Special Reports
World Bank Urged to Publish China Pollution Figures

July 17, 2007

A senior U.S. lawmaker on Monday
urged World Bank President Robert Zoellick to release mortality
figures the congressman said were omitted from a draft bank report
on the effects of pollution in China.

Barney Frank, a Democrat from Massachusetts, in a letter to Zoellick
made public on Monday, applauded the bank's efforts to investigate
the effects of pollution problems in China.

But Frank said he was troubled to read that Chinese health and
environment officials suppressed estimates of the nearly
half-million people who die prematurely each year from breathing
polluted air and drinking dirty water, and the parts of China that
were worst hit.

"I write to urge you to release this data in order to achieve the
report's goal of making public the best and most inclusive
information available on the effects of environmental problems,"
said Frank, who is chairman of the House Financial Services

"The world community can only seek solutions to global problems of
this type when governments and the multilateral institutions operate
without censorship of relevant information that affects the global
community," he added.

Frank has led U.S. congressional hearings this year on the World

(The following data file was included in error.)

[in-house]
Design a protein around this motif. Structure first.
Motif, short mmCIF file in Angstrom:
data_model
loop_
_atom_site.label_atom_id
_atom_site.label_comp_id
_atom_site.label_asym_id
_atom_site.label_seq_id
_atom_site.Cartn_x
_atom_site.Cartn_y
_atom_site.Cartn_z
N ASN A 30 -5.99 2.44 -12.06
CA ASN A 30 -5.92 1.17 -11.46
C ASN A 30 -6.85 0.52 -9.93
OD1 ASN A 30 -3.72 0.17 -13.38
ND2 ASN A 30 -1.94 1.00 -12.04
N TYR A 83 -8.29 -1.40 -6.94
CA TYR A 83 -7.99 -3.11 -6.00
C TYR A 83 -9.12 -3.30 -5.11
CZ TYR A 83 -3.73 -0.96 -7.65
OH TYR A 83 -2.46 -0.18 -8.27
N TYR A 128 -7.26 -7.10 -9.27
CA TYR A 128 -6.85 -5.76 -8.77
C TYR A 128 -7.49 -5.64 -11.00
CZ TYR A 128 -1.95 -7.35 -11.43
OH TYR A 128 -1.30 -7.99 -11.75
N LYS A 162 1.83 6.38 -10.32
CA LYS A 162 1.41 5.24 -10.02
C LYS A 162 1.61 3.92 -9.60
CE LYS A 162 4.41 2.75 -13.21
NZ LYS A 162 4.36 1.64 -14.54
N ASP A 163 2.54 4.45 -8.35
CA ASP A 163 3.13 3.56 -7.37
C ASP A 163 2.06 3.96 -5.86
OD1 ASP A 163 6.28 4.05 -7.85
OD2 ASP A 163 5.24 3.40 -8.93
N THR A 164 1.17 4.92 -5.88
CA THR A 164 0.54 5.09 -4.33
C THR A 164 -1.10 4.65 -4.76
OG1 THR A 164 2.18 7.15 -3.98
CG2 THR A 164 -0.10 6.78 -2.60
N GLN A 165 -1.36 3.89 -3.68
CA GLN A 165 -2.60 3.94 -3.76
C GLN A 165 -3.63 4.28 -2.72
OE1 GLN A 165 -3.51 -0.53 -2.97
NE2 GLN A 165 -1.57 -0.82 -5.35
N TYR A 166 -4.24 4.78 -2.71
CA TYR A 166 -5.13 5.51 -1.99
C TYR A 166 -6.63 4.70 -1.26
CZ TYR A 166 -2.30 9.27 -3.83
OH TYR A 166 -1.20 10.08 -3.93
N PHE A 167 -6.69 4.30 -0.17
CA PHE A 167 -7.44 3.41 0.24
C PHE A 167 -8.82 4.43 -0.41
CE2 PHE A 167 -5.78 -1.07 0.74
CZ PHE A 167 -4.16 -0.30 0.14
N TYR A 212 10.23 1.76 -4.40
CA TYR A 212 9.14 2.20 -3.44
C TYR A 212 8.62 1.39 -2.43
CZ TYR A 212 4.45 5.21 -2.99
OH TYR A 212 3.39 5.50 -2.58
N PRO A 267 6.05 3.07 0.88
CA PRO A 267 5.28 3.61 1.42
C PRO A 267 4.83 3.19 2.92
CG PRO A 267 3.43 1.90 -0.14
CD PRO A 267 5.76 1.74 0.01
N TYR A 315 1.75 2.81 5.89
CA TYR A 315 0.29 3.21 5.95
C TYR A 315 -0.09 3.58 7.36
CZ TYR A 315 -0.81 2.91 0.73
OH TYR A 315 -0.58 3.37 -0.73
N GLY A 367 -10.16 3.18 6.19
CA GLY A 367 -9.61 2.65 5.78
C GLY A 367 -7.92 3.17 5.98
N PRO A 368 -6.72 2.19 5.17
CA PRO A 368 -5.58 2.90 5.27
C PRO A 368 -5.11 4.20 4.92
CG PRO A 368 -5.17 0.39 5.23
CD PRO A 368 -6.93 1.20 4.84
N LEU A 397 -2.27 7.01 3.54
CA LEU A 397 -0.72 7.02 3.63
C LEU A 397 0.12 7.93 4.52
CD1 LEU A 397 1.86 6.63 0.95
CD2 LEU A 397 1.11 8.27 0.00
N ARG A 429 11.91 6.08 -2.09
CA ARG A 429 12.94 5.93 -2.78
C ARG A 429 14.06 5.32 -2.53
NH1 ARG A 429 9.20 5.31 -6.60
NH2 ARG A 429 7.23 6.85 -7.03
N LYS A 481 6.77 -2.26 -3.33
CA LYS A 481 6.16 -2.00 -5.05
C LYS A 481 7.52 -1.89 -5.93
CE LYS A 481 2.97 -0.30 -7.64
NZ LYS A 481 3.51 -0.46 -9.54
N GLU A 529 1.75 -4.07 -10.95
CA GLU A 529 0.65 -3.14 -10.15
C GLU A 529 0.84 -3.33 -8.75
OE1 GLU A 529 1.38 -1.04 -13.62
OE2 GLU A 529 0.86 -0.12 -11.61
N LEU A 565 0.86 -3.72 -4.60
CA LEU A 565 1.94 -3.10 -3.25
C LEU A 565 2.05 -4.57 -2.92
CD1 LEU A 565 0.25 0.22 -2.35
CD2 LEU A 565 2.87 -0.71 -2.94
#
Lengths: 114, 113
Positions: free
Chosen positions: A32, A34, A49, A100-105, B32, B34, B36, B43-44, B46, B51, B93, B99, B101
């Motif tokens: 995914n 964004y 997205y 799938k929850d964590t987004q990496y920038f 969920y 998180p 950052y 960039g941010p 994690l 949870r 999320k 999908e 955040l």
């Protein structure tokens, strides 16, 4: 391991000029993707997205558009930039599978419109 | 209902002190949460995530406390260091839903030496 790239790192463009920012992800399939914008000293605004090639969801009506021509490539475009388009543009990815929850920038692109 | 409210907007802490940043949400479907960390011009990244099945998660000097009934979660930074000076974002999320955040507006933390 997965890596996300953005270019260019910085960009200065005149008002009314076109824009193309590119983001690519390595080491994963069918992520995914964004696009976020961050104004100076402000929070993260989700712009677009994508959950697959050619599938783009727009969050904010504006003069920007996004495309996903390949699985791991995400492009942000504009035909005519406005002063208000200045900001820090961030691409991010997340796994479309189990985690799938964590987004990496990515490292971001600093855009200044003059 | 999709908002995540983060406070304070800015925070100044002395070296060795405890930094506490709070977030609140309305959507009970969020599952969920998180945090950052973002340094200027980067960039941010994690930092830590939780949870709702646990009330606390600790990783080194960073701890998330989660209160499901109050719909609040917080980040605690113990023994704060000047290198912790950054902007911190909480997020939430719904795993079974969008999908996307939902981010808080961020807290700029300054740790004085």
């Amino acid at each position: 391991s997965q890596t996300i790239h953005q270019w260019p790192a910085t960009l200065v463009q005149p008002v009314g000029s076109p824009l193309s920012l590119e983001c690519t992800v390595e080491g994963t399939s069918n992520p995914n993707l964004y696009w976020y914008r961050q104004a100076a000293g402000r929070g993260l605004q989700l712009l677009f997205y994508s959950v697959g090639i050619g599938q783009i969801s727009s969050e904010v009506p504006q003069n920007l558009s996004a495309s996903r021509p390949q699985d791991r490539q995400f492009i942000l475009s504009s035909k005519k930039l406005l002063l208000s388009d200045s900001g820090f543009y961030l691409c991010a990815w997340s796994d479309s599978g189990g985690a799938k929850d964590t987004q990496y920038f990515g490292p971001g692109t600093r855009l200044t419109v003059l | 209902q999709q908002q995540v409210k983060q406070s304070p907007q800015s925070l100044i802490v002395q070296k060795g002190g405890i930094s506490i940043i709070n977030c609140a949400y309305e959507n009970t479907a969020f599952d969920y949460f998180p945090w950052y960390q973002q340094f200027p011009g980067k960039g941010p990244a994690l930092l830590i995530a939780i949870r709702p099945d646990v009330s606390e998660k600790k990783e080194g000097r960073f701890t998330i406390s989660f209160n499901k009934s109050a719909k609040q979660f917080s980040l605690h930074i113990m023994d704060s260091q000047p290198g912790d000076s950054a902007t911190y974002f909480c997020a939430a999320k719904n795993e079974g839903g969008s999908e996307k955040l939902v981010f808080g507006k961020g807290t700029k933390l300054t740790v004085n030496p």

Bank and, separately, on Washington's dispute with Beijing over the
value of the Chinese currency, which the U.S. has said is

While the World Bank said a final report would be out soon, a
conference version of the study on the bank's Web site said about
460,000 Chinese die prematurely each year from breathing polluted
air and drinking dirty water.

The study, conducted in partnership with the Chinese government,
said some estimates of the physical and economic cost of pollution
had been omitted because of uncertainties about calculation methods
and their application.

Asked for his reaction, Zoellick did not directly answer Frank's
complaint but said it was important to discuss results of reports
produced by the bank.

"I'm pleased that the bank has encouraged the preparation of the
most comprehensive report by far on the human health effect and
economic costs of environmental pollution ever undertaken in China,
done by a joint team of Chinese and international experts," he said
in a statement.

"Like Chairman Frank, we want to encourage an open description and
discussion of results, as is the case for reports the World Bank
produces on its own. Even in this joint draft, mortality estimates
can be calculated on the basis of the statistics presented."

China is home to some of the world's 20 most polluted cities and is
redoubling efforts to clean up the environment.

The authorities are closing down dirty industrial plants, raising
car fuel-efficiency standards and tweaking taxes to discourage
energy-intensive production.


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